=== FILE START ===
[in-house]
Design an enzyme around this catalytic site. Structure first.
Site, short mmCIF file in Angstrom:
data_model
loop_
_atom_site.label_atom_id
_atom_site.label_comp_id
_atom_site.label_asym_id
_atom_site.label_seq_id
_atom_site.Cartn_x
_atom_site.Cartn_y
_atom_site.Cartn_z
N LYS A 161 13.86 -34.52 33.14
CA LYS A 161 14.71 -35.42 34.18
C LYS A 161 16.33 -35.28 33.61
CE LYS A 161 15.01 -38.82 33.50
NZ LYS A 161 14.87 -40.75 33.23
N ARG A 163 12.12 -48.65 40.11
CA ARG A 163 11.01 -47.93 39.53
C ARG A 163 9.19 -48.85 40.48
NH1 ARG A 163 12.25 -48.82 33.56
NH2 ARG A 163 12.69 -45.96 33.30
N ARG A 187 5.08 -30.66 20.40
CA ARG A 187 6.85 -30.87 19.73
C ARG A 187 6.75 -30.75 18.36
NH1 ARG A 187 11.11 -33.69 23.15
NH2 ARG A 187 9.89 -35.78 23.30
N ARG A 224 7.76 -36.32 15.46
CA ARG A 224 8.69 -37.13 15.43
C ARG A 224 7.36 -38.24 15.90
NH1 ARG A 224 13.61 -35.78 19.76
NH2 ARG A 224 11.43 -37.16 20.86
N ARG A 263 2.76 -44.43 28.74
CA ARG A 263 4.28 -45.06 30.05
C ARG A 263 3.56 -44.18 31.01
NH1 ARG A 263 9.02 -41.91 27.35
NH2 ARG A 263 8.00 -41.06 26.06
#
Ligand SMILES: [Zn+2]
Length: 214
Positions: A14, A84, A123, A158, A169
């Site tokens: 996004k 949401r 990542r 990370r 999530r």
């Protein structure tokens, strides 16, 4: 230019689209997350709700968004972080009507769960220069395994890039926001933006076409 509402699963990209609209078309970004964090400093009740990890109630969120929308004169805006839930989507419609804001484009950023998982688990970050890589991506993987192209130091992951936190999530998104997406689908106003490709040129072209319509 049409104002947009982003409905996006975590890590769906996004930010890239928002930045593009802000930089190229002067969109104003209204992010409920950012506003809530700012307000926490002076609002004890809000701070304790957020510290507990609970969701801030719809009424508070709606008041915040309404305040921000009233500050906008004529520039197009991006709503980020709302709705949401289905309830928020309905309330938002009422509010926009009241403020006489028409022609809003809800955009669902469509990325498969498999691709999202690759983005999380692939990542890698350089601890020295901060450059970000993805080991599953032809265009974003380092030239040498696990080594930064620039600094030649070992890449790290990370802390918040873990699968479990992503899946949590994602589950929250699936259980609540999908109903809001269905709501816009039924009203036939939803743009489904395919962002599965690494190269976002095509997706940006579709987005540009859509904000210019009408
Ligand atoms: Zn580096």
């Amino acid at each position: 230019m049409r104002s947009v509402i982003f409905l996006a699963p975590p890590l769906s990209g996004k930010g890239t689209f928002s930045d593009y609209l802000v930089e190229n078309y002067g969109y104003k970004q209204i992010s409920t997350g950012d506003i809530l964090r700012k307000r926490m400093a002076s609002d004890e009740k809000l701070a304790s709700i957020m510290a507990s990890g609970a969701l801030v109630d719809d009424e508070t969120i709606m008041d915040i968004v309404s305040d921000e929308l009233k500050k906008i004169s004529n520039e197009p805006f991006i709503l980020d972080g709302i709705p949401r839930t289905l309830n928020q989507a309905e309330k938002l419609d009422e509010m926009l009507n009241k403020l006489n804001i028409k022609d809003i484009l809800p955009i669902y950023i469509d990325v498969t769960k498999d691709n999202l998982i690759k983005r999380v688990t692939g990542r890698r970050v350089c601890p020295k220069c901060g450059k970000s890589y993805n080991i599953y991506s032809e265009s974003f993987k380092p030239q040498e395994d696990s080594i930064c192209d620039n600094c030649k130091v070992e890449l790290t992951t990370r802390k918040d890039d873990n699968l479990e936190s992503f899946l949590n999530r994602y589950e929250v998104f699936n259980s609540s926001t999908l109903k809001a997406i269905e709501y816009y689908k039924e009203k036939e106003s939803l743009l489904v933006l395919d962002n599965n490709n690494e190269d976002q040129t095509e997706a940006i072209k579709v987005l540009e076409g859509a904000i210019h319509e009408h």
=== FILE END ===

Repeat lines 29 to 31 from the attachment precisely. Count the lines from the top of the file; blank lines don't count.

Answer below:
CA ARG A 224 8.69 -37.13 15.43
C ARG A 224 7.36 -38.24 15.90
NH1 ARG A 224 13.61 -35.78 19.76